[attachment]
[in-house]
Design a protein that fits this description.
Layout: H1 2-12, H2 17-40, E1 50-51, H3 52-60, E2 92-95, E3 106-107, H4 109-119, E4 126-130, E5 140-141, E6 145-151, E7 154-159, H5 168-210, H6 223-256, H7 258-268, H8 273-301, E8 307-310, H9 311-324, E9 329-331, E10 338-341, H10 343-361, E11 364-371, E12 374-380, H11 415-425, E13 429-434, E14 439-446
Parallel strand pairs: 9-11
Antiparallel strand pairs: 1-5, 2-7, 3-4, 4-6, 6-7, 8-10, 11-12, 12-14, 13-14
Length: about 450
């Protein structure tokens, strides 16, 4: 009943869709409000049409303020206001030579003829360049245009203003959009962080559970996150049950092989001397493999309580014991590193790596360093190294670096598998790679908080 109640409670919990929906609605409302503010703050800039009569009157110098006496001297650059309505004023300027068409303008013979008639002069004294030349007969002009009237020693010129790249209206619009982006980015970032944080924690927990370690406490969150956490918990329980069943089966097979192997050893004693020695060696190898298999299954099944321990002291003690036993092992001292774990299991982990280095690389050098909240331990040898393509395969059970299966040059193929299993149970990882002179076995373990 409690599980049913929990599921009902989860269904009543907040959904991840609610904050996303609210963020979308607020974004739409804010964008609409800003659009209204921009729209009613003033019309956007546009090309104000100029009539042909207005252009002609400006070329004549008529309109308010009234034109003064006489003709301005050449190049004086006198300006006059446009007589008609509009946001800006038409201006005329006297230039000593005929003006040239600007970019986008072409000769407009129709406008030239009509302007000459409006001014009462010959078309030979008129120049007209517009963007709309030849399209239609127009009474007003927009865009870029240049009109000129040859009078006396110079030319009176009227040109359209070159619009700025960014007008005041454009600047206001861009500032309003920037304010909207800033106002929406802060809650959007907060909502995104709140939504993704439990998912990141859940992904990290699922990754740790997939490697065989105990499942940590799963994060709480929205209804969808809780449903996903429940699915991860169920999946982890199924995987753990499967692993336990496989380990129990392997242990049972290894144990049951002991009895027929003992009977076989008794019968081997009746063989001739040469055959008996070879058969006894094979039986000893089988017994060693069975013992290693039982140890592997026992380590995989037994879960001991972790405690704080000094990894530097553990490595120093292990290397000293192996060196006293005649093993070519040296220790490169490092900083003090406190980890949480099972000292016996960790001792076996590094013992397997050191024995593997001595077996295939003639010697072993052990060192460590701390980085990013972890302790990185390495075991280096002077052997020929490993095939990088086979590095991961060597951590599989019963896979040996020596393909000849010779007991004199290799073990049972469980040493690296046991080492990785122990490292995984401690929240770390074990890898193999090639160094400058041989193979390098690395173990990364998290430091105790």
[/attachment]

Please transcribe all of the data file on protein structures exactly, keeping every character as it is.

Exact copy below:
[in-house]
Design a protein that fits this description.
Layout: H1 2-12, H2 17-40, E1 50-51, H3 52-60, E2 92-95, E3 106-107, H4 109-119, E4 126-130, E5 140-141, E6 145-151, E7 154-159, H5 168-210, H6 223-256, H7 258-268, H8 273-301, E8 307-310, H9 311-324, E9 329-331, E10 338-341, H10 343-361, E11 364-371, E12 374-380, H11 415-425, E13 429-434, E14 439-446
Parallel strand pairs: 9-11
Antiparallel strand pairs: 1-5, 2-7, 3-4, 4-6, 6-7, 8-10, 11-12, 12-14, 13-14
Length: about 450
């Protein structure tokens, strides 16, 4: 009943869709409000049409303020206001030579003829360049245009203003959009962080559970996150049950092989001397493999309580014991590193790596360093190294670096598998790679908080 109640409670919990929906609605409302503010703050800039009569009157110098006496001297650059309505004023300027068409303008013979008639002069004294030349007969002009009237020693010129790249209206619009982006980015970032944080924690927990370690406490969150956490918990329980069943089966097979192997050893004693020695060696190898298999299954099944321990002291003690036993092992001292774990299991982990280095690389050098909240331990040898393509395969059970299966040059193929299993149970990882002179076995373990 409690599980049913929990599921009902989860269904009543907040959904991840609610904050996303609210963020979308607020974004739409804010964008609409800003659009209204921009729209009613003033019309956007546009090309104000100029009539042909207005252009002609400006070329004549008529309109308010009234034109003064006489003709301005050449190049004086006198300006006059446009007589008609509009946001800006038409201006005329006297230039000593005929003006040239600007970019986008072409000769407009129709406008030239009509302007000459409006001014009462010959078309030979008129120049007209517009963007709309030849399209239609127009009474007003927009865009870029240049009109000129040859009078006396110079030319009176009227040109359209070159619009700025960014007008005041454009600047206001861009500032309003920037304010909207800033106002929406802060809650959007907060909502995104709140939504993704439990998912990141859940992904990290699922990754740790997939490697065989105990499942940590799963994060709480929205209804969808809780449903996903429940699915991860169920999946982890199924995987753990499967692993336990496989380990129990392997242990049972290894144990049951002991009895027929003992009977076989008794019968081997009746063989001739040469055959008996070879058969006894094979039986000893089988017994060693069975013992290693039982140890592997026992380590995989037994879960001991972790405690704080000094990894530097553990490595120093292990290397000293192996060196006293005649093993070519040296220790490169490092900083003090406190980890949480099972000292016996960790001792076996590094013992397997050191024995593997001595077996295939003639010697072993052990060192460590701390980085990013972890302790990185390495075991280096002077052997020929490993095939990088086979590095991961060597951590599989019963896979040996020596393909000849010779007991004199290799073990049972469980040493690296046991080492990785122990490292995984401690929240770390074990890898193999090639160094400058041989193979390098690395173990990364998290430091105790």